30 Sep The Failure of American Foreign Policy
Historians eagerly highlight the foreign policy strategies pursued by the overtly hawkish Reagan Administration, a strategy of “peace through strength.” As described in “Speak Softly and Carry a Big Stick” in the March 27, 2019 TLR, Reagan adopted a set of muscular U.S. policies that both friends and foes respected. As a result of his deft execution of those policies, the world became convinced that he would back up his tough words with action. That conviction led to the collapse of the Soviet empire and cemented the position of the U.S. as global hegemon … to its very significant benefit. When a Big Stick was called for, Reagan used it. Critics characterized Reagan’s actions as aggressive, imperialistic and warmongering …, which they were. American conservatives argued that, although Reagan’s policies indeed were aggressive and interventionalist, they were necessary to protect America’s security and its interests. And, in retrospect, they were right. Under the Reagan Doctrine, the U.S. increased its stockpile of weapons, provided substantial overt and covert aid to pro-American and anti-authoritarian governments and groups, offered financial and logistical support to allies and supporters, and took an ever-increasing hardline, activist position against socialist and communist governments America’s actual and potential enemies. Decades after the successful end of the Cold War, former Republican Presidential candidate John McCain extolled his own foreign policy as “a 21st Century policy interpretation of the Reagan Doctrine.” Dick Cheney, speaking for his fellow conservatives, agreed, saying “We are all Reaganites now.” Reagan left a legacy. His militaristic foreign policy was a bulwark of America’s security for the following two decades …, until the retreat into isolationism by the Obama and Trump Administrations.
The world’s perception of America’s commitment as an ally and global player on the world stage changed after President Obama’s failure to end Syria’s use of outlawed chemical weapons in 2012. Obama drew a red line in the Syrian sand and, after Bashar al-Assad crossed it, did nothing. America’s enemies understood the meaning. John McCain caustically noted that the red line was “apparently written in disappearing ink.” The failure to act marked the end of Obama’s foreign policy credibility and, indeed, marked the beginning of the end of American global leadership. Syria and its Russian ally thereafter exercised cart blanche (more than 1,500 Syrians were killed in chemical weapons attacks in 2012 alone). With the change in American Administrations from Democratic to conservative Republican, however, America’s enemies thought they had a tougher customer in President Trump, especially with Trump’s amplifications of Reagan tough talk. They were wrong.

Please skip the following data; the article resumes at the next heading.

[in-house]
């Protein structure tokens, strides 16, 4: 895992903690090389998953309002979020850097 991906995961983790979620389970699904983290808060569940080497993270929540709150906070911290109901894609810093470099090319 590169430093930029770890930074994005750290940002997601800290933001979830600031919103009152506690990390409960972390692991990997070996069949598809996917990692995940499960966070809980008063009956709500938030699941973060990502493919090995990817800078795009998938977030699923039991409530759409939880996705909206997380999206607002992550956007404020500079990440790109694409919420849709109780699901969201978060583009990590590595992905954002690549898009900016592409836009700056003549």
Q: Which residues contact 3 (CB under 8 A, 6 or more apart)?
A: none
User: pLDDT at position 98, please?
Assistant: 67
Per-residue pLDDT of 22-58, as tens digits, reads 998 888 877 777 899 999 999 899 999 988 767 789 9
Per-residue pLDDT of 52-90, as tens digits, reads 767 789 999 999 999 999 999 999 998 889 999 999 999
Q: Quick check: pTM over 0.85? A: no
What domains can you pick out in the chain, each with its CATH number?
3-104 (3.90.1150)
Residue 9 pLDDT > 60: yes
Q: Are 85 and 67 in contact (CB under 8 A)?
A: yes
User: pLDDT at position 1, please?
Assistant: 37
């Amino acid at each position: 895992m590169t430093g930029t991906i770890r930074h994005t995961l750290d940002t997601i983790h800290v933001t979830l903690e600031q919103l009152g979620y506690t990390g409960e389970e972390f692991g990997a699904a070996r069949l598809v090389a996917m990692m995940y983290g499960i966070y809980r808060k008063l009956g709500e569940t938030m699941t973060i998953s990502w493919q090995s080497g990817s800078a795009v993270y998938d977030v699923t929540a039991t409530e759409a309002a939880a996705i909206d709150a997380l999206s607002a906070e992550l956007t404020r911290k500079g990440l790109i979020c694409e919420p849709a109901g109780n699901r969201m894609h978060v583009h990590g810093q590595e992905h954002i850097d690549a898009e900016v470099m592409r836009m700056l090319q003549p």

Immediately after taking office, Trump tweeted that Obama had left him “with a war ready to start [with North Korea].” That was the pretext that Trump used to make denuclearization of North Korea his initial foreign policy priority, threatening Kin Jong Un with “fire and fury like the world has never seen.” Adding fuel to that threat, he derided the North Korean dictator as “Little Rocket Man.” Far from speaking softly, President Trump loudly proclaimed America’s strength …, but no action followed. There was no Big Stick. To the contrary, the White House subsequently announced that “President Trump likes Kim Jong Un.” And North Korea accordingly has continued building nuclear weapons and, importantly, testing missile systems designed to deliver those weapons. America has had no response, no follow-up strategy.
The reality that America has retreated from global military intervention and political leadership was confirmed with President Trump’s decision not to retaliate against Iran’s “act of war” in shooting down an American surveillance drone in June …, which the President punctuated by publicly announcing that he had made the decision unilaterally against the advice of his Vice President, Secretary of State and National Security Adviser. The perception of an America unwilling to exercise its hegemony, plagued by partisanship and indecision, and wedded to withdrawing from the global scene has led Iran, Russia, Turkey, China, North Korea, Venezuela and Syria to take increasingly more brazen actions with the confidence that the U.S. will not act … or react … which thus far has been borne out by the fact that America has not taken action and, in certain areas, has retreated. The inaction of President Obama in giving Syria a chemical weapons’ pass and President Trump in giving Iran and North Korea (and other nations) passes have marked a return to the pacificism and isolationism that defined American foreign policy prior to WWII – and it doesn’t require a history PhD to know where that led.